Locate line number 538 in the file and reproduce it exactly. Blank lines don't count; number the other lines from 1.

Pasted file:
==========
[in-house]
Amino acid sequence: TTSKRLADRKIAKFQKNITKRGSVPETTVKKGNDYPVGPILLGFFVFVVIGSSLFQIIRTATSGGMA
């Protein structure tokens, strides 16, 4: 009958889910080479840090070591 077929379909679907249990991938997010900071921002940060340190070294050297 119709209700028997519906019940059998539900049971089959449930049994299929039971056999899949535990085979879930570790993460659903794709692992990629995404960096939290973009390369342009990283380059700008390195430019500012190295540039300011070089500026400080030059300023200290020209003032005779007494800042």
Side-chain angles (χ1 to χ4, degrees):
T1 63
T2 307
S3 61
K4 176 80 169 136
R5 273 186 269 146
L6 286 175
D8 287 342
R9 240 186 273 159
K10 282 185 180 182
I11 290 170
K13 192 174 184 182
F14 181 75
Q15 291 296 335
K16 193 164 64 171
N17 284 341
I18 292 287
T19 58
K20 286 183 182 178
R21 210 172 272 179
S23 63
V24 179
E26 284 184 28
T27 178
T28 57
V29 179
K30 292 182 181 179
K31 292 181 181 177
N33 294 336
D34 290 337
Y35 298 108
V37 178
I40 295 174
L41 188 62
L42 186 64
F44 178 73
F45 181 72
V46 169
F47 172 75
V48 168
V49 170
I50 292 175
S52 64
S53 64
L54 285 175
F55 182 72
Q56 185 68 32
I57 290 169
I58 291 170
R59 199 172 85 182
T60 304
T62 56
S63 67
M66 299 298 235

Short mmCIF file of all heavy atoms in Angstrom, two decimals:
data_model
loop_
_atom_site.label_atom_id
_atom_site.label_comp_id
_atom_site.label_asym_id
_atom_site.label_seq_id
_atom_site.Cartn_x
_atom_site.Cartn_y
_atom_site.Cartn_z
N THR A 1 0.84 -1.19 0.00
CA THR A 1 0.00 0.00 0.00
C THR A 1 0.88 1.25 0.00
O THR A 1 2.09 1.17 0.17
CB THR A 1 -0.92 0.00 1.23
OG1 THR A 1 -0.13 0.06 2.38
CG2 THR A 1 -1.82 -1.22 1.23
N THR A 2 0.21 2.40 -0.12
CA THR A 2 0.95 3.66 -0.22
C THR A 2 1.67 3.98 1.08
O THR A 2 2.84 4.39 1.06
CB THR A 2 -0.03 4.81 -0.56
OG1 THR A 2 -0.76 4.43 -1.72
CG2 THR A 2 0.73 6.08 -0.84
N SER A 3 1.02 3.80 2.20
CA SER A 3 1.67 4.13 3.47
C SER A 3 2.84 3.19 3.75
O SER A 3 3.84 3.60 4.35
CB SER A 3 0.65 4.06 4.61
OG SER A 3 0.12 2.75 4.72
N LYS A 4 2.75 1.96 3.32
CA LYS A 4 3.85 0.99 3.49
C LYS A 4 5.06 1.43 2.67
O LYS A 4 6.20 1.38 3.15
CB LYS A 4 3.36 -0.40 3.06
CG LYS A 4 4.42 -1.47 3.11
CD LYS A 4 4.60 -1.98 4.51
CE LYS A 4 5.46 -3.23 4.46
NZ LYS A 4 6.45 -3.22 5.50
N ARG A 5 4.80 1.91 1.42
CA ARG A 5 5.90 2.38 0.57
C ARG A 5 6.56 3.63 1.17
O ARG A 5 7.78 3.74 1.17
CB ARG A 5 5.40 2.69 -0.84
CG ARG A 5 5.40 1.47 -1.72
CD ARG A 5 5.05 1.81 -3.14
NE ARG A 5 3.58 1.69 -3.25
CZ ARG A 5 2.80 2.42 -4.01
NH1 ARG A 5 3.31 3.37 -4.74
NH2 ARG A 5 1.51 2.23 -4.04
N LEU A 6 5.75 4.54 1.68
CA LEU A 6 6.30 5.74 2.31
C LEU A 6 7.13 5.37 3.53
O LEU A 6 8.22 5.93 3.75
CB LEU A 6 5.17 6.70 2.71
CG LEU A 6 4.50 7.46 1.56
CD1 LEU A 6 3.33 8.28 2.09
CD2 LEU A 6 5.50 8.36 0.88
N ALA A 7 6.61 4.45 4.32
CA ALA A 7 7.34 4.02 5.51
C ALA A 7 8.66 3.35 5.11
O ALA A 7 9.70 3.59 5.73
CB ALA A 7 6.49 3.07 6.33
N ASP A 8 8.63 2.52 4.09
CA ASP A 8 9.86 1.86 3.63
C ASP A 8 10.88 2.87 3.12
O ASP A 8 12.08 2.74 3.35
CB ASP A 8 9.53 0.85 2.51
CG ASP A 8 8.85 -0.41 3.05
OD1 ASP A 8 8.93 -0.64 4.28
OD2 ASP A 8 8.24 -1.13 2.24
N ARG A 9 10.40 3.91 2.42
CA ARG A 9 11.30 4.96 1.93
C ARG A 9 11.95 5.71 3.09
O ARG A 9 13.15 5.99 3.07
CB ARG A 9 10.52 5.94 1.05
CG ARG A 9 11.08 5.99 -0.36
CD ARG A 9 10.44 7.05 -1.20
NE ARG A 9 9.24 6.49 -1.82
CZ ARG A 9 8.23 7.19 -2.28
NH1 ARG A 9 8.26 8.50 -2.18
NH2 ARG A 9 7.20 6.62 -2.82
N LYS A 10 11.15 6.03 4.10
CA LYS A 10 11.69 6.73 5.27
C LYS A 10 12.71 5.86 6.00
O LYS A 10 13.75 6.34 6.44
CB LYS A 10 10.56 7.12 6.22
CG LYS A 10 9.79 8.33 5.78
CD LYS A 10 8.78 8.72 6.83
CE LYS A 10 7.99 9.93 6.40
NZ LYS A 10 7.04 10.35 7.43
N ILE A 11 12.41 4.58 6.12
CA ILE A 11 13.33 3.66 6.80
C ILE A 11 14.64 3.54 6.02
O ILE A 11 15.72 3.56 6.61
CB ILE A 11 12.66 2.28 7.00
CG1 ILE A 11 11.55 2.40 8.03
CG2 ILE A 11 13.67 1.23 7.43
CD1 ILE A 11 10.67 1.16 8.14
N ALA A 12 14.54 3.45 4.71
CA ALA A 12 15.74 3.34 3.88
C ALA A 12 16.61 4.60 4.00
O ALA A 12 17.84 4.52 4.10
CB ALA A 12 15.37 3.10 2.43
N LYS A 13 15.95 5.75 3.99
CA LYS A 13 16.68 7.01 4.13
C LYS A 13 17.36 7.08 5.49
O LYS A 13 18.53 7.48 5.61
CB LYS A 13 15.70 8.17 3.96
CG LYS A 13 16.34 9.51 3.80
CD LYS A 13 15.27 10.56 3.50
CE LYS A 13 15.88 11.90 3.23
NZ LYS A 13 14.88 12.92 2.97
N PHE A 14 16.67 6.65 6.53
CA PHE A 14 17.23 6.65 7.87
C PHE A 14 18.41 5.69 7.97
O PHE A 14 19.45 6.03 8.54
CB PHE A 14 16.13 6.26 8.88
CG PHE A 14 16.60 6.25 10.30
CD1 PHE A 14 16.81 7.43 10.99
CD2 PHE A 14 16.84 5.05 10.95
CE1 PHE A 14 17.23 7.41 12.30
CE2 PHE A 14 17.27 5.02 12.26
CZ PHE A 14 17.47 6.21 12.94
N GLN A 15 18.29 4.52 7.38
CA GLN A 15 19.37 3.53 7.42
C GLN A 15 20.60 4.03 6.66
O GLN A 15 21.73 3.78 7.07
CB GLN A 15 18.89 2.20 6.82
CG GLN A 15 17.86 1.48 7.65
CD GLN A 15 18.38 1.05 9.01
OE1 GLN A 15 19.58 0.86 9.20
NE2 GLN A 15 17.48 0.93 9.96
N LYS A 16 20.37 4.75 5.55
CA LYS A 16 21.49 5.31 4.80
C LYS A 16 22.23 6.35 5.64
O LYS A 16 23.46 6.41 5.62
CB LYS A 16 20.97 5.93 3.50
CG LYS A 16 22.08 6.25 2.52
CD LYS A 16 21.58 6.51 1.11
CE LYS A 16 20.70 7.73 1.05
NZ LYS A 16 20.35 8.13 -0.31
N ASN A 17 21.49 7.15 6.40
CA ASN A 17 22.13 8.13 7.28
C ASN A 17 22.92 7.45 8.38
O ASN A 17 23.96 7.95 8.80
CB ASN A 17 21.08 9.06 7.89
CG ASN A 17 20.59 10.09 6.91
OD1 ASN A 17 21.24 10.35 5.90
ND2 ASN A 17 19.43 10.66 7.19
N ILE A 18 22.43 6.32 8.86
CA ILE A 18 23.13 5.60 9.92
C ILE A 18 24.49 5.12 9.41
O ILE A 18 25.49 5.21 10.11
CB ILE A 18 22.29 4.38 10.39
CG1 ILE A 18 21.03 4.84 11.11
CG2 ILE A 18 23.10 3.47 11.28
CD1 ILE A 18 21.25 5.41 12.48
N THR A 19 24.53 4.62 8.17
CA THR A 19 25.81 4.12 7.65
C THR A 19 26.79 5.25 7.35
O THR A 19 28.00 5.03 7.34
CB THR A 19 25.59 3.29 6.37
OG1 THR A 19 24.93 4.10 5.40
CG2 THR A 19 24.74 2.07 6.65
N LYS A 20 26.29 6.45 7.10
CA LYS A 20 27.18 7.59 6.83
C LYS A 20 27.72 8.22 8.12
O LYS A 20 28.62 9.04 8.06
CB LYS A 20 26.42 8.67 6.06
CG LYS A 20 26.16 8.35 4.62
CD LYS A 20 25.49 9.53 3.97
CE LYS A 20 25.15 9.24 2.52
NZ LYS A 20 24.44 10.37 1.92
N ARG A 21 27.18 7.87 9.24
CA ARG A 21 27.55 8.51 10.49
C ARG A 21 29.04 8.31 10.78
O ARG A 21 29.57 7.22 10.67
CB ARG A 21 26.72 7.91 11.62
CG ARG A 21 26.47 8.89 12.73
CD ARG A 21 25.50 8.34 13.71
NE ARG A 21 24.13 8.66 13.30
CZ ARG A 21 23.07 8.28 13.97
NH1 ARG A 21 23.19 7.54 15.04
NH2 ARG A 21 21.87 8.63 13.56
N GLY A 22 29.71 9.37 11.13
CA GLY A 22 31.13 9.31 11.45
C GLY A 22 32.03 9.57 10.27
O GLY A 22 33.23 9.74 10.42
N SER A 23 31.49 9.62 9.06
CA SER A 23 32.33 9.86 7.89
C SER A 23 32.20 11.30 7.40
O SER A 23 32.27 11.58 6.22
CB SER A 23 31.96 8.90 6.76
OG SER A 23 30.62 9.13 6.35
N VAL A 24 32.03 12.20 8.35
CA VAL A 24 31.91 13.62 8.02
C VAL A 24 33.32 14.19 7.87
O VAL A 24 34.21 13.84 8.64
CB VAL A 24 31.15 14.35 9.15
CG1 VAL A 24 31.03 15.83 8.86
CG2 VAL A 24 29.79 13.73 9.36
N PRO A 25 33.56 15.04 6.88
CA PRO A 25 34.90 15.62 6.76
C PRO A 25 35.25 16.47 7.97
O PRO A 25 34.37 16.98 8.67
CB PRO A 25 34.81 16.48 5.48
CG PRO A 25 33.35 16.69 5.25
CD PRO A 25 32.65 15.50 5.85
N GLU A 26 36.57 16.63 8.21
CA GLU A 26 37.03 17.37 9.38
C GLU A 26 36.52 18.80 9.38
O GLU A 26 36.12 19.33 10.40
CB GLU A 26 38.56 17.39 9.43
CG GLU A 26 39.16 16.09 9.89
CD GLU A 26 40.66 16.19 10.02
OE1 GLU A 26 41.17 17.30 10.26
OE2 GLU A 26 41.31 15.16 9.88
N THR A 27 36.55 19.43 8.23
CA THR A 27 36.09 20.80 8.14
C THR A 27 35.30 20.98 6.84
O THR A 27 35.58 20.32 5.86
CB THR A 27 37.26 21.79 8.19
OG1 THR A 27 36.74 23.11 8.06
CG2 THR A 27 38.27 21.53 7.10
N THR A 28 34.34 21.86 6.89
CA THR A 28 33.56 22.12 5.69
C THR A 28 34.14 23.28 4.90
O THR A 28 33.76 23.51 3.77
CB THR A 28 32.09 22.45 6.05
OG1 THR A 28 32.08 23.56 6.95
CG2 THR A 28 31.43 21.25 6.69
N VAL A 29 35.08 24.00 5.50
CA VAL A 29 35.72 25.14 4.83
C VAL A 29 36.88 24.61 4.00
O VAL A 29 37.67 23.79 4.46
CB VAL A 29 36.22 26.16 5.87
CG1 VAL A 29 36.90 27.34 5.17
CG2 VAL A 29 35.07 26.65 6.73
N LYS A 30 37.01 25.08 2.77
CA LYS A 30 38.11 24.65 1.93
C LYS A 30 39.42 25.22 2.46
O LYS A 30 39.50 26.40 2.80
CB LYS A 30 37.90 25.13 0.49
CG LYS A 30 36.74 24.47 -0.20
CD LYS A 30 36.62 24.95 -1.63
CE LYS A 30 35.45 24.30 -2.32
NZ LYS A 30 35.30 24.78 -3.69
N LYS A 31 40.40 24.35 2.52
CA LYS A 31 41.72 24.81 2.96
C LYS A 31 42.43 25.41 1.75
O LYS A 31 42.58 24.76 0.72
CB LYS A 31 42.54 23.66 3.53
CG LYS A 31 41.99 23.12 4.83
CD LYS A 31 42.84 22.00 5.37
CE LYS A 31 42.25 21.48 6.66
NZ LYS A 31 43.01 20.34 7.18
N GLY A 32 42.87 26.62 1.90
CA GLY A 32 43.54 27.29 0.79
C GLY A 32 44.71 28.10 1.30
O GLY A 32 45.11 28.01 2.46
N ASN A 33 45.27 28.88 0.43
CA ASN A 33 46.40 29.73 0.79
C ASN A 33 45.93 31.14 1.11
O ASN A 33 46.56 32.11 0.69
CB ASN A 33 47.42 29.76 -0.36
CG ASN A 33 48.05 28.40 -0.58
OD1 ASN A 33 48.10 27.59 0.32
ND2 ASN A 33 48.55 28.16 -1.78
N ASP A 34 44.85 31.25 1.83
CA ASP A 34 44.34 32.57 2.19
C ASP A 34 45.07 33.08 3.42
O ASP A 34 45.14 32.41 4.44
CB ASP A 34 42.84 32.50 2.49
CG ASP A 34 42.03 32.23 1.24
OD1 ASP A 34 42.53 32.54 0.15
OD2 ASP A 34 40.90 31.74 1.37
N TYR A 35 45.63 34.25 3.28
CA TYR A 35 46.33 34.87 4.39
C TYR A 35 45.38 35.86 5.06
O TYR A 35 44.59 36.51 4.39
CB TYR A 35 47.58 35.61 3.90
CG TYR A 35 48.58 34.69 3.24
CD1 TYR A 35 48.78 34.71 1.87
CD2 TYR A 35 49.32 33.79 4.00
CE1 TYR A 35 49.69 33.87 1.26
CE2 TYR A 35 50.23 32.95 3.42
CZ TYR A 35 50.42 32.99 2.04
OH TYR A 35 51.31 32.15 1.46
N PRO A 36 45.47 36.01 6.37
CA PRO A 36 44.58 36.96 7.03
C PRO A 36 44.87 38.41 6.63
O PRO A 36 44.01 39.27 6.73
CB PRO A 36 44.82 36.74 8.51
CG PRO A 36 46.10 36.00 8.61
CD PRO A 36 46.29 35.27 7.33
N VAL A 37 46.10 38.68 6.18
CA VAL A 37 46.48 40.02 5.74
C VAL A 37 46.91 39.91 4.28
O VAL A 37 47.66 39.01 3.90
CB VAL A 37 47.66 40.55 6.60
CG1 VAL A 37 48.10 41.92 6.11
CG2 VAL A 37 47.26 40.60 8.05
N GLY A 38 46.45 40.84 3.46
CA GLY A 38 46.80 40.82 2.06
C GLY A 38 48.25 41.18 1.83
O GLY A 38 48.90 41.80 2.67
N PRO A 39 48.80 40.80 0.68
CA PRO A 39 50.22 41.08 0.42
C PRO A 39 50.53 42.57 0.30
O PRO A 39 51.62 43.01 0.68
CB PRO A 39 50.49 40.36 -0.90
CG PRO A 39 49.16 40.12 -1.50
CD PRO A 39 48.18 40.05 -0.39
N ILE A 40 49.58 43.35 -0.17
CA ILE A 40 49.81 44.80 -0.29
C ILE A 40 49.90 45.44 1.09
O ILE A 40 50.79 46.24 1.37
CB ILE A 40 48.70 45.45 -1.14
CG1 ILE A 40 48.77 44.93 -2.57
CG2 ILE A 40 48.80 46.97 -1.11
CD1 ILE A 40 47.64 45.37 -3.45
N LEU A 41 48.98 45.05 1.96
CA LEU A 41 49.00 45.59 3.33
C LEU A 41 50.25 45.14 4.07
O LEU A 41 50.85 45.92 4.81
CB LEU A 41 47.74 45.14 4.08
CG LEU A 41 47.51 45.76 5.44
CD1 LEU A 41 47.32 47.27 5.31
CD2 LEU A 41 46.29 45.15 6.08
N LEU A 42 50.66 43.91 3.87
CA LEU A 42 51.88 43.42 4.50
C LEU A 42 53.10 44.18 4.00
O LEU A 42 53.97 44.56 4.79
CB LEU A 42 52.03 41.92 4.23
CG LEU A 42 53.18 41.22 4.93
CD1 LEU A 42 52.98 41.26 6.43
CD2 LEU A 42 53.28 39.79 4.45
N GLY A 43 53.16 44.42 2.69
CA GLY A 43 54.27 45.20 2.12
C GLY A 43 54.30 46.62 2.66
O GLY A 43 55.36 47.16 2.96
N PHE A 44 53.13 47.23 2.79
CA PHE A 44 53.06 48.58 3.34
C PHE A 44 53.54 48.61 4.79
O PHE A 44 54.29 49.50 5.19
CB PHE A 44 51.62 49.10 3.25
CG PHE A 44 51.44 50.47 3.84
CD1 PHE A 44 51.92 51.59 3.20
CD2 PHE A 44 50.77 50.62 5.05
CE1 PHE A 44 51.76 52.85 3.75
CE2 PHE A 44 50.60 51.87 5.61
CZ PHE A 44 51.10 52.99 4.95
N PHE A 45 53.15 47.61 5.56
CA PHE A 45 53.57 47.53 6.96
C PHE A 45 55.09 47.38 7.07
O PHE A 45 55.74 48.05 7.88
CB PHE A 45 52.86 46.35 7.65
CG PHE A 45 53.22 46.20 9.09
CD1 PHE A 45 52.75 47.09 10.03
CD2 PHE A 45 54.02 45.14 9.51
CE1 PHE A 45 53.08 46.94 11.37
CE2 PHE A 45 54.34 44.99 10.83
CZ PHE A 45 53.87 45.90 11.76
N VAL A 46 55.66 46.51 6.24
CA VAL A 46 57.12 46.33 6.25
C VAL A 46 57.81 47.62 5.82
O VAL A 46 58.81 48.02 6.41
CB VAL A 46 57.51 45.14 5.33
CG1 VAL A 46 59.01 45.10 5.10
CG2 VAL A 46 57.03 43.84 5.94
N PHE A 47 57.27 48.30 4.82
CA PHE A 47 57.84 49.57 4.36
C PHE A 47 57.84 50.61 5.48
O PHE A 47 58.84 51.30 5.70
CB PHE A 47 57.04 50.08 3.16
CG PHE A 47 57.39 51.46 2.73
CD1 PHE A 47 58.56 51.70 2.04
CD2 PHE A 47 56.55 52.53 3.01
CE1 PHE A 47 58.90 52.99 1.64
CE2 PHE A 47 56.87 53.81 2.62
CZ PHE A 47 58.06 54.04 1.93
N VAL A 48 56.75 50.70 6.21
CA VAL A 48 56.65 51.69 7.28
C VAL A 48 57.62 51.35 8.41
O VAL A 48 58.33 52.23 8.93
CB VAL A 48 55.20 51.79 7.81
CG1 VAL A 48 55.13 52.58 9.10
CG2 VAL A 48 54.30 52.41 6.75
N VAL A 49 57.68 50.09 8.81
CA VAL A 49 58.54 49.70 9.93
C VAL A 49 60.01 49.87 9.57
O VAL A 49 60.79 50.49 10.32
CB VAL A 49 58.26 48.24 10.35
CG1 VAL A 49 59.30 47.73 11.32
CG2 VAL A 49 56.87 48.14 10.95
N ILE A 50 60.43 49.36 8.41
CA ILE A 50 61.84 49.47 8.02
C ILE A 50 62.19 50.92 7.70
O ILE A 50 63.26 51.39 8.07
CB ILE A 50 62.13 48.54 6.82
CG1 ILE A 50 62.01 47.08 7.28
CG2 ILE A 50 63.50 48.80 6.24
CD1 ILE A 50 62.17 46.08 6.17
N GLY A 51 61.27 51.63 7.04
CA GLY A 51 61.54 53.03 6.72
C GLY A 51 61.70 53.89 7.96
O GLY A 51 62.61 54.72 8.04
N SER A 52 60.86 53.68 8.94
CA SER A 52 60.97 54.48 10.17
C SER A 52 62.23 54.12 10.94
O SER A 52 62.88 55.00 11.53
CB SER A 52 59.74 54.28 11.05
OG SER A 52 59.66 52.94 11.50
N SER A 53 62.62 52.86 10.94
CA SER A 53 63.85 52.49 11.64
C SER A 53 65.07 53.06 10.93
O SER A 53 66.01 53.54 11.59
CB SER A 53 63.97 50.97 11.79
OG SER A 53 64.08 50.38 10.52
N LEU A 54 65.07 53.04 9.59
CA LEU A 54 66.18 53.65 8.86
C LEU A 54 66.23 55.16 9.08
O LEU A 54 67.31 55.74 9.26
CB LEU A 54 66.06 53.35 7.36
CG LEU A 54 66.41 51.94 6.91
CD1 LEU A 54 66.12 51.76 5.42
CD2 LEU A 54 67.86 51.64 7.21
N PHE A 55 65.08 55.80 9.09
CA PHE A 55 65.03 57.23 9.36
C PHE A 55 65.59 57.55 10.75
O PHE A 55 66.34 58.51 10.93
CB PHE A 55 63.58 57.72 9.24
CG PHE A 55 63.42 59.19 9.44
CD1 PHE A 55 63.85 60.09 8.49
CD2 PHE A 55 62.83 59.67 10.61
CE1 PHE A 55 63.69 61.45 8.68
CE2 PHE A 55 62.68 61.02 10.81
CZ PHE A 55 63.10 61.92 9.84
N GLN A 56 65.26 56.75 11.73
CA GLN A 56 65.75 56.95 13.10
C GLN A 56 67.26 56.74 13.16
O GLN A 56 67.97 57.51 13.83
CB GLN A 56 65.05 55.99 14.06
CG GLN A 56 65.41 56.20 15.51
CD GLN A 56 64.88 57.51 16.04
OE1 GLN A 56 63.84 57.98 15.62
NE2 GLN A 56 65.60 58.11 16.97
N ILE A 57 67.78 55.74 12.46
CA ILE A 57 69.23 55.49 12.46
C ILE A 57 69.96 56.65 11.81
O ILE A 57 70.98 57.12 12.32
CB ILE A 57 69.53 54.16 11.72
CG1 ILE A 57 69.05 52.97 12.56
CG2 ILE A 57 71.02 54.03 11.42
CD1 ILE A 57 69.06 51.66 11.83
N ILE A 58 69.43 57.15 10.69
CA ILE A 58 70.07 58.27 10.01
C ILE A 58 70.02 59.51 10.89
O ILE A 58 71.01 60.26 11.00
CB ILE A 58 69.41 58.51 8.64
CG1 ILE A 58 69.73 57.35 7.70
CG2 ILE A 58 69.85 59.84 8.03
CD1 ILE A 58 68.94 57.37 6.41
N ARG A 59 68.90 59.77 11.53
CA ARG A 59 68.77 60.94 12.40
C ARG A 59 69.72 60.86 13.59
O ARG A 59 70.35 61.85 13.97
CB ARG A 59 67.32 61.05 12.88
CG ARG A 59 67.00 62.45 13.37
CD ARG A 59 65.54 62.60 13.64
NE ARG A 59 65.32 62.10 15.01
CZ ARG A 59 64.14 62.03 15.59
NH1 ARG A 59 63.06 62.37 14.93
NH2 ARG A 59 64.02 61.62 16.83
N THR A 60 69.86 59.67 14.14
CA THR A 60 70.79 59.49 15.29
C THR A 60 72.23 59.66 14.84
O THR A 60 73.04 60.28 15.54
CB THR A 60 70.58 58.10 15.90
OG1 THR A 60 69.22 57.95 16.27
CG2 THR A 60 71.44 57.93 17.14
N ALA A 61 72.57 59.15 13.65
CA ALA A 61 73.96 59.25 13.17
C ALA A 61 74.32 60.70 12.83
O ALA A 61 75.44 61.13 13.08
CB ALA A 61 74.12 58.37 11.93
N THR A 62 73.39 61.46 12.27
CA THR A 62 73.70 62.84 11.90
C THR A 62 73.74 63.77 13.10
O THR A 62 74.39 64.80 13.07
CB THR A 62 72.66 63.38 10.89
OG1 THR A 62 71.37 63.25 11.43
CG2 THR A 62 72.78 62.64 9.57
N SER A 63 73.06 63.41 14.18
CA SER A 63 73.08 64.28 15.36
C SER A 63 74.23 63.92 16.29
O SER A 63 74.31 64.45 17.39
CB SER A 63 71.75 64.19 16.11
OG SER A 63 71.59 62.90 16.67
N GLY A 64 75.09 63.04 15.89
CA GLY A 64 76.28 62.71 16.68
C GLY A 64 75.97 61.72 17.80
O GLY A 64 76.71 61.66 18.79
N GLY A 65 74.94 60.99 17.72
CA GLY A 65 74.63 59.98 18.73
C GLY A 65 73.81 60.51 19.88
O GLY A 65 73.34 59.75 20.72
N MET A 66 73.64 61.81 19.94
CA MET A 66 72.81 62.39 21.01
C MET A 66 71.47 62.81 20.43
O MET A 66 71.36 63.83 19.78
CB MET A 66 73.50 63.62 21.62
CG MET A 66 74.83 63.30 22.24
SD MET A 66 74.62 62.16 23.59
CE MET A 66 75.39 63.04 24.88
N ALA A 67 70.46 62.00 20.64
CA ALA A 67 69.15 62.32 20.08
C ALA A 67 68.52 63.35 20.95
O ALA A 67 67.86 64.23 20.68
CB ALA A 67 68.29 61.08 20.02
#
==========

OG1 THR A 60 69.22 57.95 16.27